Graeme McDowell says there are many reasons but most of them are economic when it comes to top European players playing primarily on the US tour.
European golfers choose to go the American tour way
As the migration of elite European players abroad continues, the temblors from the so-called continental divide have begun to register on the Richter scale.
A little over one month into the season, the assumptions that the European Tour would take a hit are already being reflected in field strength.
At last week's Omega Dubai Desert Classic, part of the European Tour's traditionally strong Desert Swing, only two players from the 2012 Ryder Cup team showed up.
Graeme McDowell underscored the task ahead for the European Tour as top players straddle the membership fence. The top 28 in the world are US tour members.
"The European Tour has probably never been as strong a product as it is right now," McDowell said in a television interview.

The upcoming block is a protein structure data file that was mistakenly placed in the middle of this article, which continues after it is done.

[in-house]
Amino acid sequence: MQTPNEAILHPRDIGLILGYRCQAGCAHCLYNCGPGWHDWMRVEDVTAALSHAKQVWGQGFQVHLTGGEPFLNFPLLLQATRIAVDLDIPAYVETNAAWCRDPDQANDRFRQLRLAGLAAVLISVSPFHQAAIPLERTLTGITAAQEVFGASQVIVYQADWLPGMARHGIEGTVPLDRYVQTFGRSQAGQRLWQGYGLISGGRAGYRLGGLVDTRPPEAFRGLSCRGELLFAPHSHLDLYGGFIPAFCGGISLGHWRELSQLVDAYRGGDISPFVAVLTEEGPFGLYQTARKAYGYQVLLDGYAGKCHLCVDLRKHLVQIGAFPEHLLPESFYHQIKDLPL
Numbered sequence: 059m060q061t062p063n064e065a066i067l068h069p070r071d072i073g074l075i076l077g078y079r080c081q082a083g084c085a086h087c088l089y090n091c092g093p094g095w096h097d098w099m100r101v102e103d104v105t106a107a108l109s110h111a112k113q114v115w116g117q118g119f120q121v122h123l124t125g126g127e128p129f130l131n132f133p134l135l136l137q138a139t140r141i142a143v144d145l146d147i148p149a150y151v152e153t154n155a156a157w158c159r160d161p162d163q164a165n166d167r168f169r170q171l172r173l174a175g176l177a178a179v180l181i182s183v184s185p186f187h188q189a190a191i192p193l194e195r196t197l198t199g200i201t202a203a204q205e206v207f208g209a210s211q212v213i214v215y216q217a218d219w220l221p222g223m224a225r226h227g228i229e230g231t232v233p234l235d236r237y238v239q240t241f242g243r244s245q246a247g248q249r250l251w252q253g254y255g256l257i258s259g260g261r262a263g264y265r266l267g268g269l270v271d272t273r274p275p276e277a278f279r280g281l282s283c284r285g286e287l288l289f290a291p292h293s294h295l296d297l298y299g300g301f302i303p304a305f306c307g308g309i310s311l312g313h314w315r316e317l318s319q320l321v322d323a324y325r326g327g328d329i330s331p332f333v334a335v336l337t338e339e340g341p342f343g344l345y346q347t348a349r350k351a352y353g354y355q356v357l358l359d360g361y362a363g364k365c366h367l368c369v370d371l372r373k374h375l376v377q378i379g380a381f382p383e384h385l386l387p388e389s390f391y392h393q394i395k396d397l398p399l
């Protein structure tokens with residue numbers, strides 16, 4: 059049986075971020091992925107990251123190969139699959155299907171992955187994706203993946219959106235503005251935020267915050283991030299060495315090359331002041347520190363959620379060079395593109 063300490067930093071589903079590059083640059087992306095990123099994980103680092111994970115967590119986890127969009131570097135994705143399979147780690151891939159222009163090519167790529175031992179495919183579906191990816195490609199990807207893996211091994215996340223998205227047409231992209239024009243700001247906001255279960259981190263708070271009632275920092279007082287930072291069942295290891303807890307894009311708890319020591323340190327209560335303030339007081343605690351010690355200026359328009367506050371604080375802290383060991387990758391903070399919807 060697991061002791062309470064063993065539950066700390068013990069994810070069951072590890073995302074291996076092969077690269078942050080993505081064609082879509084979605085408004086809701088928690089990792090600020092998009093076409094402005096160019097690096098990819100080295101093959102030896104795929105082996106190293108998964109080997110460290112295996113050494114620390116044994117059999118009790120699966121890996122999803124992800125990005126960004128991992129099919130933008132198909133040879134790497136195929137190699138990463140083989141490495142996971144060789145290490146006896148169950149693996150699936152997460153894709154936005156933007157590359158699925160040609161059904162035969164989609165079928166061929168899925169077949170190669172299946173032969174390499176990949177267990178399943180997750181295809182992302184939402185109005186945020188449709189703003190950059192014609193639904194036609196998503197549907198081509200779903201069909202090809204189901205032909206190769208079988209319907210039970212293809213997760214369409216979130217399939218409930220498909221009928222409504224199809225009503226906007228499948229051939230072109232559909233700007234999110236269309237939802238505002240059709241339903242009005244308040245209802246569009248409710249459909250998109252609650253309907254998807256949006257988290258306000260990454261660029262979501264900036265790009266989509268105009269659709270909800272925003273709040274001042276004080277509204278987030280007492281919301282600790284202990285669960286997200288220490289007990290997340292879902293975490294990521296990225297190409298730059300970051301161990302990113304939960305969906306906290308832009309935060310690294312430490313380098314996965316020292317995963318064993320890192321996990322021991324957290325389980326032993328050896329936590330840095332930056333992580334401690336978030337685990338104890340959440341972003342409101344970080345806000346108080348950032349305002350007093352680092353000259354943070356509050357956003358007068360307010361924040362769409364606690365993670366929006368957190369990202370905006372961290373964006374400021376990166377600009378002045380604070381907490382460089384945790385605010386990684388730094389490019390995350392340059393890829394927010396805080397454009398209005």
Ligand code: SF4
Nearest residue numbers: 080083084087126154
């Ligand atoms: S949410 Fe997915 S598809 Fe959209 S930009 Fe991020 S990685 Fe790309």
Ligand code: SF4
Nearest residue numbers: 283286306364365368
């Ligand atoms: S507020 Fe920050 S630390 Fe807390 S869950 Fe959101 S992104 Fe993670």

"Quality, quality players. But, yeah, Europe has been in a deep financial depression and great sponsors are hard to find. Countries like Germany that had three and four European Tour events historically the last five or 10 years, with only one event. Spain losing a lot of its events."
McDowell noted that the European Tour has "one event in Ireland, one event in England, one event in Scotland and one event in Wales - as strong as Britain and Ireland are as a golf [hub]. We have struggled as the European Tour to keep up with the PGA Tour, financially."
McDowell will play 26-27 times this year, but only a few times outside the States.
He is required as a member to play 13 times in European Tour events, but can scratch eight from that tally by playing in the four co-sanctioned majors and four World Golf Championships events.
Thus, more top players need five regular European Tour events to meet the minimum.
The Dubai event averaged 3.5 players from the world top seven from 2009 to 2012, yet drew zero last week. Most in the top seven from those past Dubai fields have since moved to the States as members or full-time residents.
"All of a sudden the European Tour is spending so much time in Asia, the Middle East, all over the world," McDowell said. "The European Tour player has to be a guy who has got a lot air miles. He has to commit himself to a global schedule and that's tough on a family environment. Hence, a lot of those guys find themselves on the PGA Tour."
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